But then there are the writers who pour everything they have into one perfect life-work and then for some reason never publish another word of fiction. A prime example of this second category of writers is Harper Lee, whose To Kill a Mockingbird is certainly a novel whose tremendous worth at once begs for further literary contributions and merits the author a well-deserved (if not particularly satisfying) retirement after changing the lives of so many readers. Perhaps more fascinating, however, is the example of Ralph Ellison and his only completed novel, Invisible Man, because unlike Lee, Ellison was a vital and vocal member of the world literary scene both before and after his one great book changed the literary landscape in 1952.
Ellison published two other books in his lifetime-Shadow and Act and Going to the Territory-but they were collections of essays. Even though he was a major critical voice, readers were still eagerly awaiting a second novel when Ellison died in 1994. The main reason for Ellison's inability to finish another novel was probably his own self-proclaimed dissatisfaction with the imperfection of his writing-even with the National Book Award-winning Invisible Man.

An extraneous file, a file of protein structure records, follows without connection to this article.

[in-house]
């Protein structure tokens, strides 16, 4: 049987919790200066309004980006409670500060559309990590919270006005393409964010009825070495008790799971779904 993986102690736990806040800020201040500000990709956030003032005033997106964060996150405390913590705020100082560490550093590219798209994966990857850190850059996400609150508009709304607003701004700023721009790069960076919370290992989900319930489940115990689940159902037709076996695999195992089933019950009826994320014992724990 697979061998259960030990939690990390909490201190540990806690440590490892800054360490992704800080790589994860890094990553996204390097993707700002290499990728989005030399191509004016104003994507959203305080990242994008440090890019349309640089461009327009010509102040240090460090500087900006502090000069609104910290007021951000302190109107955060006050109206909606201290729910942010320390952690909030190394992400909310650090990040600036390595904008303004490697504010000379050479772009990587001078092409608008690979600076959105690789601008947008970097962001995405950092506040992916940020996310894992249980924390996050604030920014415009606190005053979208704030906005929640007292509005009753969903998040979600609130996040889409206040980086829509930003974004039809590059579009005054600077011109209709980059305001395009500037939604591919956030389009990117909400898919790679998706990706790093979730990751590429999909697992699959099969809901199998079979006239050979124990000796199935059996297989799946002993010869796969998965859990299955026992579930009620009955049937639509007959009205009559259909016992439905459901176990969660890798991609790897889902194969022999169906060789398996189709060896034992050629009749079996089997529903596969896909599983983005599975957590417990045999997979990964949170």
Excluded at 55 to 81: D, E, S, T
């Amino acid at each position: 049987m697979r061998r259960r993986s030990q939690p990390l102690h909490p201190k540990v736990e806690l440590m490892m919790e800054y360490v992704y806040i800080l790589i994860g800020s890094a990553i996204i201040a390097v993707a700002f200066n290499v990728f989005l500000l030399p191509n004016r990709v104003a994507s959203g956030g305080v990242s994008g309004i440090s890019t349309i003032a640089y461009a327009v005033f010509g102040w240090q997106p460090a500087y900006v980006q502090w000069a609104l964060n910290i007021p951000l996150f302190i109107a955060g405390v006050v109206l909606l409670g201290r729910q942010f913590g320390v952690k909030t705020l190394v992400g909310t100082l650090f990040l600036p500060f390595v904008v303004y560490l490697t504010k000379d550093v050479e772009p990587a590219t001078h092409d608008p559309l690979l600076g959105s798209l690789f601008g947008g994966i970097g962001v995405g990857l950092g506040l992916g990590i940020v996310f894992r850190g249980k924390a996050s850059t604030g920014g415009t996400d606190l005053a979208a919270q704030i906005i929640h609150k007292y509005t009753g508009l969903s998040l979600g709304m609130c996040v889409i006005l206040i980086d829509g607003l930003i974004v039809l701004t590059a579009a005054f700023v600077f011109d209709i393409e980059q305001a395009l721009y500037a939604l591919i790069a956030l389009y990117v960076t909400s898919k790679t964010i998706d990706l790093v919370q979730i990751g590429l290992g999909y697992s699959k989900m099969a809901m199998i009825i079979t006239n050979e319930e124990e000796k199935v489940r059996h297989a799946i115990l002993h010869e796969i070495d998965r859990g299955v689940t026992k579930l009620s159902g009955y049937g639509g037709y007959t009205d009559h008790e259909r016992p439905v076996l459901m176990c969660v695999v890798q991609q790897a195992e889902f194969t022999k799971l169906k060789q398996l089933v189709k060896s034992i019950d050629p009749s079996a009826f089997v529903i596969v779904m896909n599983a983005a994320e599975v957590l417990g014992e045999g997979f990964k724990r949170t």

Soon after his death, Ellison's literary executor, John F. Callahan, collected and published Flying Home and Other Stories, and then in 1999, manuscripts found in Ellison's home provided the material for Juneteenth, an unfinished novel that the same literary executor edited down from more than 2,000 pages (written over a period of forty years) to fewer than 400 pages.
Music and Literature
Ellison's original passion and training were for music, but he also loved literature, and when he was in college at the Tuskegee Institute, he fell under the spell of literary Modernism, which eventually led to him writing his one dazzling, challenging, disturbing, and extraordinary novel. While the events of Invisible Man are rooted in very serious modern social events, Ellison himself stated that its main importance as a work was in its style and experimental nature. Ellison never abandoned music, and Invisible Man attains to the perfection of form that’s almost solely available to sonic composers.
Ellison cited T.S. Eliot's The Waste Land as a major influence, but it's more likely that Invisible Man's labyrinth of seemingly picaresque but in fact highly controlled progressions are more inspired by James Joyce's Ulysses. While Ulysses echoes the form and music of Homer's Odyssey, Invisible Man resounds with the forms and resonances of music itself. In a rapidly evolving literary scene, though, which soon introduced the endlessly innovative works of William Gaddis and Thomas Pynchon, this obsession with form and pitch-perfection clearly kept Ellison in constant revision and never again allowed him to achieve such an accomplished and sustained totality (and tonality) in his writing.